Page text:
Supporting all these efforts at the institute will be yet another new Mason institution — the College of Computing’s Department of Cyber Security Engineering. The first of its kind in the country, the department was launched March 1 and will focus on various areas of cybersecurity in various industries in areas including cellular networks, autonomous vehicles and the Internet of Things.
Paula Sorrell, Mason’s associate vice president of innovation and economic development, also is at work on Mason’s multifaceted efforts to boost its synergy with the surrounding community and to make sure the region can make the most of the technologically skilled workers that the university is committed to producing. In fiscal 2020, Sorrell says, Mason supported 10,000 companies, offering 863 training and educational programs that served 18,000 attendees.
Sorrell also oversees myriad business outreach efforts that include:
The GMU Office of Technology Transfer, which helps faculty and students protect their research and bring it to market. Sorrell says it has seen 53% growth in the past five years and recently doubled its staff.
The Virginia headquarters for 28 Small Business Development Centers that the federal Small Business Administration has established statewide.
The Procurement Technical Assistance Center, which provides low-cost or free assistance to enterprises that want to do business with local, state and federal entities.
The Innovation Commercialization Assistance Program, through which experienced entrepreneurs offer free help to tech startups. Mason administers the state program for the commonwealth.
Incubators slated for the new Virginia Square building, along with incubators in Leesburg, Fairfax, Springfield and
Warrenton that operate through the Mason Enterprise Center, all of which remained open throughout the pandemic. “It’s unusual to run this many incubators,” Sorrell says, noting that the oldest one at Mason dates to 1995.
Diversity and inclusion
These multipronged initiatives aimed at ensuring that the region has the necessary skilled tech workers for a prosperous future also come with a resolute commitment to inclusivity. “It’s part of our DNA,” Durant says. “We want to support companies that look like our students.”
To that end, in fiscal 2020 Mason provided support services to more than 50 companies run by minorities.
Mason, in partnership with Marymount University, also recently ran a cybersecurity internship program for the Commonwealth Cyber Initiative NoVa Node. Starting with 16 paid intern positions, it will expand by 40 more internships this fall. About 70% of the interns accepted for the program so far have been women and people of color.
Mason’s student population is about 47% minority, along with international and multiethnic students. Many of these students are the first in their families to go to college, and many work while they earn their degrees.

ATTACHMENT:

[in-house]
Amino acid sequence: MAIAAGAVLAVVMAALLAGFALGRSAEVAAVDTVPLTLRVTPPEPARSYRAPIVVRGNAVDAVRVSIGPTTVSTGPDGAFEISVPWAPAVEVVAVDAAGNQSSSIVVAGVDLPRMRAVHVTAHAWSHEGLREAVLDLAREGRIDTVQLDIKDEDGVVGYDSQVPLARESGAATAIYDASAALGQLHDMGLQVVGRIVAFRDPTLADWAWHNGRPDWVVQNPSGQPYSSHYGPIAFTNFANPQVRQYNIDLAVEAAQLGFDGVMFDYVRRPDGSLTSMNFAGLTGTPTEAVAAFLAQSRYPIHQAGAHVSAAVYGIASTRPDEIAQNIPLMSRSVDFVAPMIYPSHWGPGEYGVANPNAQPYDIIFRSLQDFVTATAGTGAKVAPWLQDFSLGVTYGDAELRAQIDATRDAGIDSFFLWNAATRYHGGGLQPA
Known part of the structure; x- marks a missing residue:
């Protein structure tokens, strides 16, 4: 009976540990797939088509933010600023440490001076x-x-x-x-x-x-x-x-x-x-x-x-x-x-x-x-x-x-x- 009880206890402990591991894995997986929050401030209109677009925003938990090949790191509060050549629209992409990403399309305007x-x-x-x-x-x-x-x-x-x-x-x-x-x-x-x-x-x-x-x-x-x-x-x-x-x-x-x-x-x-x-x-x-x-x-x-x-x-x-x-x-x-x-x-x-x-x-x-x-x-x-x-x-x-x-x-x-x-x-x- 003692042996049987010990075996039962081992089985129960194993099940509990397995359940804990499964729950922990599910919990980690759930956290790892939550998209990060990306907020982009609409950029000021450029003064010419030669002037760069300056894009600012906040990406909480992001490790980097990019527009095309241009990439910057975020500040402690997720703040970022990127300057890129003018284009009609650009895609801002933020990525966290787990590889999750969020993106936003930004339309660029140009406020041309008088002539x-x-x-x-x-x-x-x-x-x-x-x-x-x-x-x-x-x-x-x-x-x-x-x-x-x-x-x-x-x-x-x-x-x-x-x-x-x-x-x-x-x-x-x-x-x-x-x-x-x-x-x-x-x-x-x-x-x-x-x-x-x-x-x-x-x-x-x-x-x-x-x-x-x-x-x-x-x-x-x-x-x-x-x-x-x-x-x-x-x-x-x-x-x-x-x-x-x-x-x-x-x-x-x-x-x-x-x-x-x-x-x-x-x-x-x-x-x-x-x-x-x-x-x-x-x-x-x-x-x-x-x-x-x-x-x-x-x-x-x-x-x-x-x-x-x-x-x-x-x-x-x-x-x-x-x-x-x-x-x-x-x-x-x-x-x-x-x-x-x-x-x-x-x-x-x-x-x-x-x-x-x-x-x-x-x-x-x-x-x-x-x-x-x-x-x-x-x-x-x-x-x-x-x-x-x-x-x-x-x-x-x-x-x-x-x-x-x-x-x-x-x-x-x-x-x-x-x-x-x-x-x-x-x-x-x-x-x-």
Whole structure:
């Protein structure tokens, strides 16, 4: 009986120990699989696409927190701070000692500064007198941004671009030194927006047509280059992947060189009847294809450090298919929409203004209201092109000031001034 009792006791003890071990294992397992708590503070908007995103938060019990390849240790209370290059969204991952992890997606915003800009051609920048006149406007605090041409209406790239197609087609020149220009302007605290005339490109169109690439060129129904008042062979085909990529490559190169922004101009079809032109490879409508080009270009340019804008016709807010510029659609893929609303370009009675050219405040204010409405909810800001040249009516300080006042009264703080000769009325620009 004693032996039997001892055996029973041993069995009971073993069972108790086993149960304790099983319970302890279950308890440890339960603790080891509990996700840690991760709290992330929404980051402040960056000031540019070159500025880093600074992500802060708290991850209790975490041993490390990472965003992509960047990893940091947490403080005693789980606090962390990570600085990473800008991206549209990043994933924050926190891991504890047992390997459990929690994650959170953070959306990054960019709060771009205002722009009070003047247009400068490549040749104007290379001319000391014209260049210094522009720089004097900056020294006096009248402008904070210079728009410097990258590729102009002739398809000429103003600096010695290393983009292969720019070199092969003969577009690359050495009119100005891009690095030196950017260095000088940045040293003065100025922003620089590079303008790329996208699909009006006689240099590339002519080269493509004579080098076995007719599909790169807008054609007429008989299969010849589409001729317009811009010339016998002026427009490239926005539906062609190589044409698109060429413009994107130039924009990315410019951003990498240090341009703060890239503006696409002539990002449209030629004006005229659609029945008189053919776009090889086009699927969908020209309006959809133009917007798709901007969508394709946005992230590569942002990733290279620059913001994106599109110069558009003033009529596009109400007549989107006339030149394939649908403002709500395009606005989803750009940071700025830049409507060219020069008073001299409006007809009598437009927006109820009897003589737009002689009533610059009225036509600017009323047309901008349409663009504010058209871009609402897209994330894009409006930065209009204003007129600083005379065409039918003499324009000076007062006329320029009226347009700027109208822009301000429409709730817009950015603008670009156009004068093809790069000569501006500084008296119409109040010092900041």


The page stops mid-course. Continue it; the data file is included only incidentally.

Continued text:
“These students are not coming from a deficit. They don’t need help, but access to information,” says Chris Carr, chief diversity officer at Volgenau School of Engineering.
That Mason is successful in finding many ways to provide that information is borne out by its graduation statistics. “Mason has no equity gaps,” DeFilippo in academic affairs says. Minority and majority students graduate at identical rates.
Diversity does not start and end just with students, of course. Developing a diverse technological workforce is also about faculty, so Mason is directing some of its state TTIP funding into a program called the TTIP Faculty Thematic Hiring Initiative. The initiative, spearheaded by Carr and Sanmay Das, a professor of computer science, is creating four faculty positions that will support multidisciplinary education and research in computing fields. The first position will focus on biomedicine and health care disparities and the second on the intersection of artificial intelligence and social justice, with the focus of the other two positions still to be determined.
Many engineers and tech scientists may think that their work has little to do with larger issues, but the emergence of technological innovations such as algorithms to track personal data can affect everything from child welfare priorities to who gets a mortgage or access to medical procedures. “This is not a technocratic exercise,” Das says. “It affects society.”
That assessment, of course, can be applied to Mason itself. As the university continues to grow by leaps and bounds, it will be using its innovative and technological expertise, its business acumen and its belief in multiculturalism not only to supply Northern Virginia with a modern workforce but also to reshape the face of the region itself.
At a glance
Originally formed in 1949 as an extension of the University of Virginia, George Mason University formally separated from U.Va. in 1972.
Mason’s main campus is located on 677 acres in Fairfax County, just south of Fairfax city and about 20 miles outside Washington, D.C. Mason’s Arlington Campus, located in the county’s urban Clarendon business district, is home to the Antonin Scalia Law School and the Schar School of Policy and Government. The university also has the Mason Korea campus in Songdo, South Korea, and the Smithsonian-Mason School of Conservation campus in Front Royal.
38,542 (fall 2020)
In 2020-21, Mason offered 210 total degree programs, including 78 undergraduate degree programs, 94 master’s degree programs, 38 doctoral degree programs and one First Professional Juris Doctorate program.
GMU has 1,612 full-time instructional and research faculty.
Tuition, fees, housing and dining
In-state tuition and fees: $13,014
Out-of-state tuition and fees: $36,474
Room and board: $12,090